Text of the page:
This episode was all about set-up for discovery of the largest secret on the show: the real relationship between Eun-young and Min-soo. And, although set-up was the main goal, there still managed to be some in depth explorations of characters as consequences set in and they have to deal with them.
The character who is finally starting to deal with his role in the mess that is "Kind Words" is Jae-hak. Min-soo talked sense into him and Jae-hak can now see that it was his fault for breaking the marriage. He is now taking steps to make it up to Mi-kyeong. It's been a long time in coming, but the development of his understanding has flowed naturally. It also breaks the monotony of watching him be a total blockhead for the past thirteen episodes.
What "Kind Words" does so well is send its message in a clear, understandable way to the characters and the viewers. The characters, after erring and having to deal with the consequences, are learning how to function well in relationships despite the underlying problems each relationship suffers. Like the adults they are, they learn from their mistakes. Of course, they continue to make new ones, but the growth is what makes this show worth the time.
Another thing this show does well is emphasize the importance of family and how fractured relationships between two people in a large family affects everyone. It focuses on how the Korean family functions, but the lessons are universally applicable. American family structures are not as rigid, for example, as Korean family structures, but even the loosest of American family's find themselves suffering at the hands of adultery and divorce. "Kind Words" shows how it affects the children in the present and adults who experienced it as children themselves. It's quite impressive how much material "Kind Words" has covered regarding the matter.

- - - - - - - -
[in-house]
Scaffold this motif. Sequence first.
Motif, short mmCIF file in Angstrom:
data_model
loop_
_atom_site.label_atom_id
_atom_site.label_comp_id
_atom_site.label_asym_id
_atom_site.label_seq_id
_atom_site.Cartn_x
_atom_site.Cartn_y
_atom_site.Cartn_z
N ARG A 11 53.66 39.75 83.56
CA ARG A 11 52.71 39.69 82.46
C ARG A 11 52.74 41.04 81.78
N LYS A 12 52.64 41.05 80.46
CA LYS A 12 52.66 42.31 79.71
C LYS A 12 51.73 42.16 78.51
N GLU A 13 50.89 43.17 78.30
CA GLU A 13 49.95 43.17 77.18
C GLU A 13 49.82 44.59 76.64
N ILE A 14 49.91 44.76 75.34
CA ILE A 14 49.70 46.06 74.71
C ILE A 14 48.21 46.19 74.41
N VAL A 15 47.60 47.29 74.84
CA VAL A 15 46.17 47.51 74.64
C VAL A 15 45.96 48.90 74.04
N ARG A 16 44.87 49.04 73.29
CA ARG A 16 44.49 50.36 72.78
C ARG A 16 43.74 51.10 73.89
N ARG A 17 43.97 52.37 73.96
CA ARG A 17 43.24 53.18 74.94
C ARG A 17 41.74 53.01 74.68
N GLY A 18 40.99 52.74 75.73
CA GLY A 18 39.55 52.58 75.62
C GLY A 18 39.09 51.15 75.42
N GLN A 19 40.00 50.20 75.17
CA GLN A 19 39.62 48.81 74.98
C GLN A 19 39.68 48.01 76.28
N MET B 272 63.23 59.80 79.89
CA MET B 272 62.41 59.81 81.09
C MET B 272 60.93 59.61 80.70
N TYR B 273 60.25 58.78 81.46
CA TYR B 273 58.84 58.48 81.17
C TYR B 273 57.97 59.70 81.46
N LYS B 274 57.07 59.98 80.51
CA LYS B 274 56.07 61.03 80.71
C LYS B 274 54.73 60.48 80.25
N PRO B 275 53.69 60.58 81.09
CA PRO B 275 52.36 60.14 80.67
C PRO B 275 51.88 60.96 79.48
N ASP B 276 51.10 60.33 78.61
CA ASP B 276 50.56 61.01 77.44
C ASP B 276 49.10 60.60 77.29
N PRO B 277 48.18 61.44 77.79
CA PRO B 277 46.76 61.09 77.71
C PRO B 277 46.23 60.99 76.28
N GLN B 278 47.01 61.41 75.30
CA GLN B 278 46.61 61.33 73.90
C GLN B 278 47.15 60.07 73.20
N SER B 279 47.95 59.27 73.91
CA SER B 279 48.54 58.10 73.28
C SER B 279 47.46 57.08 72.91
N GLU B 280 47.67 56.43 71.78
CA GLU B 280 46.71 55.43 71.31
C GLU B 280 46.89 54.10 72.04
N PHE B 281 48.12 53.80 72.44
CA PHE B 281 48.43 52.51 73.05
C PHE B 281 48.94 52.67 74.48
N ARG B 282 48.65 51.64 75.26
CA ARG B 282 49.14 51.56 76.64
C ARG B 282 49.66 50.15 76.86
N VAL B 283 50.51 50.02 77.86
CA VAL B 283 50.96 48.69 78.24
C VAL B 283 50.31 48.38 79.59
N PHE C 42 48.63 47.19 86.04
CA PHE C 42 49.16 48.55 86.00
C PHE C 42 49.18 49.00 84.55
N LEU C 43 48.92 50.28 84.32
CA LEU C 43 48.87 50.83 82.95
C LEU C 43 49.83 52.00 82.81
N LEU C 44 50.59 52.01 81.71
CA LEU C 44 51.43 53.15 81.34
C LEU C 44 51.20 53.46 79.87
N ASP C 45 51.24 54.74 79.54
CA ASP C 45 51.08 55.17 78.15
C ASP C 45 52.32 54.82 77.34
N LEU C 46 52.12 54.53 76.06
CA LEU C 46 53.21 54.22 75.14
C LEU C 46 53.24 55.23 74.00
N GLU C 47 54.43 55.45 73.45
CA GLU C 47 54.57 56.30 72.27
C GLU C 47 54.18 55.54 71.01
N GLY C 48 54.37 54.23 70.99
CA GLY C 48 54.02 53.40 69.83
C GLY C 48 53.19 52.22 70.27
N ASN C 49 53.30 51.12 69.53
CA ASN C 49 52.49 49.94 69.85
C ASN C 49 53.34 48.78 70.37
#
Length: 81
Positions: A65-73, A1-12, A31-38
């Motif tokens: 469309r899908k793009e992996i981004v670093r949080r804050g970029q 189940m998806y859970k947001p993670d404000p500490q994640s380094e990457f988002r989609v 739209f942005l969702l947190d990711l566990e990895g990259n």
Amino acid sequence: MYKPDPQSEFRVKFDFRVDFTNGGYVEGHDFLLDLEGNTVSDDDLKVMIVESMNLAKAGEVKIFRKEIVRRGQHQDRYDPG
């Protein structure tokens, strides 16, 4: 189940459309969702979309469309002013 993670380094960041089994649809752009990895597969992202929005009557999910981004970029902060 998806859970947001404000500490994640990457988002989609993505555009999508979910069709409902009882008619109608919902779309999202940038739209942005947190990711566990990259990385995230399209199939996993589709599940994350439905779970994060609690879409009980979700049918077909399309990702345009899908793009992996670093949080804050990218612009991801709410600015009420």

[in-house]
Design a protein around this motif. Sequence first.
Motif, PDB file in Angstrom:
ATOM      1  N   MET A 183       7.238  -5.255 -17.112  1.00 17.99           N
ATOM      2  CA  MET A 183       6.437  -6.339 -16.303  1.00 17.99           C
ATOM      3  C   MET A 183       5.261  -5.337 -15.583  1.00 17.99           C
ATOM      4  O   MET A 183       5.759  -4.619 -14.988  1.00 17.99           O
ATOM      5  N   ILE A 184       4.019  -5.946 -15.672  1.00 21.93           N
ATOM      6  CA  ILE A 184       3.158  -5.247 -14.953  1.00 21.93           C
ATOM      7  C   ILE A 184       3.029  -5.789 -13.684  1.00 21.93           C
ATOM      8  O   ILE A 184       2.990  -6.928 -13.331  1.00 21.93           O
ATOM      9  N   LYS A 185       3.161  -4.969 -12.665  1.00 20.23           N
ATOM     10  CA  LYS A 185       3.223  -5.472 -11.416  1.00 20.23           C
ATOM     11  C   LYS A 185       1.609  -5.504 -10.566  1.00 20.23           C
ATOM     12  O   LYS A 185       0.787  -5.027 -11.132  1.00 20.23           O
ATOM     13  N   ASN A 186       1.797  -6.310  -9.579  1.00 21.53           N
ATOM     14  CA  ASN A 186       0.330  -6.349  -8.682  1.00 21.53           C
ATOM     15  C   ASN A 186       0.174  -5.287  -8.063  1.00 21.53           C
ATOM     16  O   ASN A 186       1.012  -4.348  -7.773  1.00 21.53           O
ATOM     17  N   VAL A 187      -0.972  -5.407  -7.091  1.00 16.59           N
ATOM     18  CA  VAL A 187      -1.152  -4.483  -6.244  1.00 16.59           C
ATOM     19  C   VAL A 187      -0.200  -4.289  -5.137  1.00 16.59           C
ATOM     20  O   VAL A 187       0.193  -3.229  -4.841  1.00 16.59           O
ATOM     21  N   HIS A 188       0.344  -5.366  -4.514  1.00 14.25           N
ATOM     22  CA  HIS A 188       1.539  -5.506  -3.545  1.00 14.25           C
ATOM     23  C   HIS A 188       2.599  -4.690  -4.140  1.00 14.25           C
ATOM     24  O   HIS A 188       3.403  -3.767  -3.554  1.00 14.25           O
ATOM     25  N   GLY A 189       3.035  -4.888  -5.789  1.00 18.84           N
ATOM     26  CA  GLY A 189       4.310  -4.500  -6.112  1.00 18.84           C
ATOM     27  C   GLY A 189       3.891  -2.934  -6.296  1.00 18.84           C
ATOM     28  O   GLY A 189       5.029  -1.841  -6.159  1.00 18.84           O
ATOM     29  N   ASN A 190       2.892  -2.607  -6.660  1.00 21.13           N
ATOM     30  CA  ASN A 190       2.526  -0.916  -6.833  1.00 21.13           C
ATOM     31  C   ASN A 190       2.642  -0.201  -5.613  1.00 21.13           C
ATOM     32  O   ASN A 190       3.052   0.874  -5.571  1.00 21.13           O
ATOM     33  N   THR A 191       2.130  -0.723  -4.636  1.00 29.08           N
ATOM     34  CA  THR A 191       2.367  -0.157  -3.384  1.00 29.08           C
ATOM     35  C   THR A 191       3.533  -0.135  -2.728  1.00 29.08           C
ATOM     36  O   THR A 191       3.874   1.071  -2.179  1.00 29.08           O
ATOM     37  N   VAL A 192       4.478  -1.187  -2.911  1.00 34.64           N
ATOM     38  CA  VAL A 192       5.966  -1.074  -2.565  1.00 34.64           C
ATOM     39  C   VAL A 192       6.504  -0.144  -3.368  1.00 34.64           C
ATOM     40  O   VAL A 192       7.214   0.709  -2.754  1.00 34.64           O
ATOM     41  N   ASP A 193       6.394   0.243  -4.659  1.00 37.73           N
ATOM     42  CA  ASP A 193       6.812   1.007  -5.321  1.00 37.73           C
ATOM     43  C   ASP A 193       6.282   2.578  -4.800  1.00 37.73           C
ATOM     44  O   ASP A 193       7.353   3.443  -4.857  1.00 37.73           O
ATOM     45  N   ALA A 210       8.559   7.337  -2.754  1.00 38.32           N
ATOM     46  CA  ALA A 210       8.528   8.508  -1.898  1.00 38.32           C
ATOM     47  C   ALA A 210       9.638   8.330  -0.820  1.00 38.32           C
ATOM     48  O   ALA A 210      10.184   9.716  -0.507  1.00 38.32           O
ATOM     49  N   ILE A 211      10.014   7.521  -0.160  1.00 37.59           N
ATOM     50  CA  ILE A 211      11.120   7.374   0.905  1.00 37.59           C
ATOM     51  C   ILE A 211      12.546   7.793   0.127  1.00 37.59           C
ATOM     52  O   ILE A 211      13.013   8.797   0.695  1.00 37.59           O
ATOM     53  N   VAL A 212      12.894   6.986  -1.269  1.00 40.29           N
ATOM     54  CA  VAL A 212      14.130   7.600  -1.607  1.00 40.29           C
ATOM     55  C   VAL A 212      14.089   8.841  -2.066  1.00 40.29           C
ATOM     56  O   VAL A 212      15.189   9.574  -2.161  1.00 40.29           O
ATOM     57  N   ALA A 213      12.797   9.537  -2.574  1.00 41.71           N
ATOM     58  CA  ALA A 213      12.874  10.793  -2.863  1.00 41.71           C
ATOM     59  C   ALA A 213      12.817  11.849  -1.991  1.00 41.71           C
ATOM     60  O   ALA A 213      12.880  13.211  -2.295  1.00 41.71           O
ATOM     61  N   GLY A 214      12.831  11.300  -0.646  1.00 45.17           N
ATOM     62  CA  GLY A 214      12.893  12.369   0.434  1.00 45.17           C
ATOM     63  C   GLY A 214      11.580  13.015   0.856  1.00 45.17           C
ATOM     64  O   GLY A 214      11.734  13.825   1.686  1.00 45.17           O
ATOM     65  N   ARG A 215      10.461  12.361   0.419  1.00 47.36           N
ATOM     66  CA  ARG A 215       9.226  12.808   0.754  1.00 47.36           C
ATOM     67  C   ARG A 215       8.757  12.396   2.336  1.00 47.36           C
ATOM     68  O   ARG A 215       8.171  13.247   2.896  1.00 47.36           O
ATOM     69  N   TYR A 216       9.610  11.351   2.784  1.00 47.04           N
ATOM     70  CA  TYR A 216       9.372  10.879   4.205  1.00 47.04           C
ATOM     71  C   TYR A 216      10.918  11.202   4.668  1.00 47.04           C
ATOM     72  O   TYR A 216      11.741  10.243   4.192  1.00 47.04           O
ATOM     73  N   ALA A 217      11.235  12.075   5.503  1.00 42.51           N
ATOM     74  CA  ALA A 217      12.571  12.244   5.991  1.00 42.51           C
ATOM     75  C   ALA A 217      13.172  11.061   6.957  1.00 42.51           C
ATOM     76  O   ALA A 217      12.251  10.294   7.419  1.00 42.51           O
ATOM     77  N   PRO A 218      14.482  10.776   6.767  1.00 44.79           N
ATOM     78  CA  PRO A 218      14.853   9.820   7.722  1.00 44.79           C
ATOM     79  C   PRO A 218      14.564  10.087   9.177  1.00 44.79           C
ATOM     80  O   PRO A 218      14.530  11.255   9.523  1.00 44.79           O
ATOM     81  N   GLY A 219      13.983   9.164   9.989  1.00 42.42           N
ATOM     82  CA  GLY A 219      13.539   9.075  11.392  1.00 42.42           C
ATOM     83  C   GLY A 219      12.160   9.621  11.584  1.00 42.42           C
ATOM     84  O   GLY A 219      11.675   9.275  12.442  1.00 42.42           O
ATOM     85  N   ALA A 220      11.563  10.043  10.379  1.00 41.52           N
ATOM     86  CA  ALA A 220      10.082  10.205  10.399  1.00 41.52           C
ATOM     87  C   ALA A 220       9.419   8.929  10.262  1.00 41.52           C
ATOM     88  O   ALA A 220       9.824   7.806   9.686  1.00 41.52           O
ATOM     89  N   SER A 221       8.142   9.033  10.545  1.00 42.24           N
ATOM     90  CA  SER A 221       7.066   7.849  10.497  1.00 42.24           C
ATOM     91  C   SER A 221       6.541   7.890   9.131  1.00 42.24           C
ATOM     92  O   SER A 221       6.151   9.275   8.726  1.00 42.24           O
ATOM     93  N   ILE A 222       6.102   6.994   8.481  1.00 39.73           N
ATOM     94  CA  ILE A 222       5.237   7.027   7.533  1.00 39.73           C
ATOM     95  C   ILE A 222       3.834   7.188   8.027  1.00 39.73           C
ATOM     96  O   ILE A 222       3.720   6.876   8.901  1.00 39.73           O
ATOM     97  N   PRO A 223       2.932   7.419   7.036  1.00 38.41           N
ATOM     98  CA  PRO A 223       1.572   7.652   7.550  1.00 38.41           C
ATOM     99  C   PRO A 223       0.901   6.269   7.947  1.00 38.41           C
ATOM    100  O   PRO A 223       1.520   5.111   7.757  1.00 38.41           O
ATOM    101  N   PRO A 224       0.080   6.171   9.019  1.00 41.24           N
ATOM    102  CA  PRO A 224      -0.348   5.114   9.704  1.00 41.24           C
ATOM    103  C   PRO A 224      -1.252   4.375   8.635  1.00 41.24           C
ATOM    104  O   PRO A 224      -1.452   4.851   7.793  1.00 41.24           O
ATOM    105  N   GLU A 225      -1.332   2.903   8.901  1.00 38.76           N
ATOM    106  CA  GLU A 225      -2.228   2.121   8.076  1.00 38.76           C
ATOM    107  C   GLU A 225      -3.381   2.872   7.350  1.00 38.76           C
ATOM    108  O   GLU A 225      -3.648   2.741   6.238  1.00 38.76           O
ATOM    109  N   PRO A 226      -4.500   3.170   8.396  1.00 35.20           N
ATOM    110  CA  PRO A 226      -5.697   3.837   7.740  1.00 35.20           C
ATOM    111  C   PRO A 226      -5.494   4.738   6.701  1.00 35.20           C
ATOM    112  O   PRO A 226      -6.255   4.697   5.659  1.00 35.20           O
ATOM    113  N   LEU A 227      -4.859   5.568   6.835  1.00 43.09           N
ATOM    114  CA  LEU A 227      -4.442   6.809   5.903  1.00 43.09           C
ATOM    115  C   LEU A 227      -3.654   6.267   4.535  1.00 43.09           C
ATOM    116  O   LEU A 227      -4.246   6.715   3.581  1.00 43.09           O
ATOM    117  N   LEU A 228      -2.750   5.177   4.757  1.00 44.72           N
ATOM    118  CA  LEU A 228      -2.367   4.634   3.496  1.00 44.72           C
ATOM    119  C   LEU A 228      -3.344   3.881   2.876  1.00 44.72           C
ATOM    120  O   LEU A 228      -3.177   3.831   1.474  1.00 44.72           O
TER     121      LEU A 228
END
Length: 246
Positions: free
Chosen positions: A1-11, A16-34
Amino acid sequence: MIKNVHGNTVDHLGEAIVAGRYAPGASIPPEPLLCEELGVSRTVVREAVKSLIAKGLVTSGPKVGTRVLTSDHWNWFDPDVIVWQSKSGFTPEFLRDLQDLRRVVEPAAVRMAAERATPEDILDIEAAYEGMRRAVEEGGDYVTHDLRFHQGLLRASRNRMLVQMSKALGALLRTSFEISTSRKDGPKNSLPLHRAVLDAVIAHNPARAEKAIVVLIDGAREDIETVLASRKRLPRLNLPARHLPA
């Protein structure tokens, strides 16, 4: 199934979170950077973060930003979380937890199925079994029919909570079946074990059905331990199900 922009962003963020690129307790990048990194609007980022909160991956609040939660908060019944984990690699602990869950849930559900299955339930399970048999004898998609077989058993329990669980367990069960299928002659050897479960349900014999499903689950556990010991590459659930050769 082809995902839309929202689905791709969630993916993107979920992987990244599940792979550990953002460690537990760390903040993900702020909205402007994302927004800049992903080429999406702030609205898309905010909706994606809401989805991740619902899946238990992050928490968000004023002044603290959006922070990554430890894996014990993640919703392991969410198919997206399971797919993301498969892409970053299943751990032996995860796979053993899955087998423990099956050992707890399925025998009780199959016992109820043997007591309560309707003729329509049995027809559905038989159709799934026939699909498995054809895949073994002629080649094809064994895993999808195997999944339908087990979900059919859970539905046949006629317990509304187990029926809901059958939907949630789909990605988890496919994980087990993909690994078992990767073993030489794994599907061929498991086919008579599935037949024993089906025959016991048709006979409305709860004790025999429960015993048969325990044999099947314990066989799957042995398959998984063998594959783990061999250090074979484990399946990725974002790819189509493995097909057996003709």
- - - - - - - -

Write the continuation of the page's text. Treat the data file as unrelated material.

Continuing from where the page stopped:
Finally, I'm glad the show is finally coming around to what Min-soo did: he crashed into Eun-jin's car with her family in it. Although it was not premeditated and he regrets it, the fact it, he still did it. It's been on the backburner, slowly coming to a boil and it's about time for it to be revealed. I'm eager to see how Park Seo-joon plays Min-soo's inner turmoil in the next few episodes. Thus far, he's done a fantastic job of portraying his bridled character who wants nothing more than for things in his life to go right and to be able to love freely.
i like getting back around to what MS did. he didn't eman it, but it was wrong. everyone else is owning up to their junk so he needs to too. he's more careful with her bc of that accident. he's an interesting character.
With six episodes to go, "Kind Words" has time to play out the angst, but also enough time to resolve it. Pacing has been good so far and if that continues, it should be able to tie up without the ending feeling too desperate.
Written by Raine from Raine's Dichotomy
Journalist, drama lover, and foodie, Lisa enjoys exploring Korea, speaking the language, and soaking in all that dramaland has to offer. Her Korean husband laughs that she knows more than he ever will about dramas and K-pop. Lisa Espinosa can be contacted via firstname.lastname@example.org.
"[HanCinema's Drama Review] "Kind Words" Episode 14"
by HanCinema is licensed under a Creative Commons Attribution-Share Alike 3.0 Unported License.
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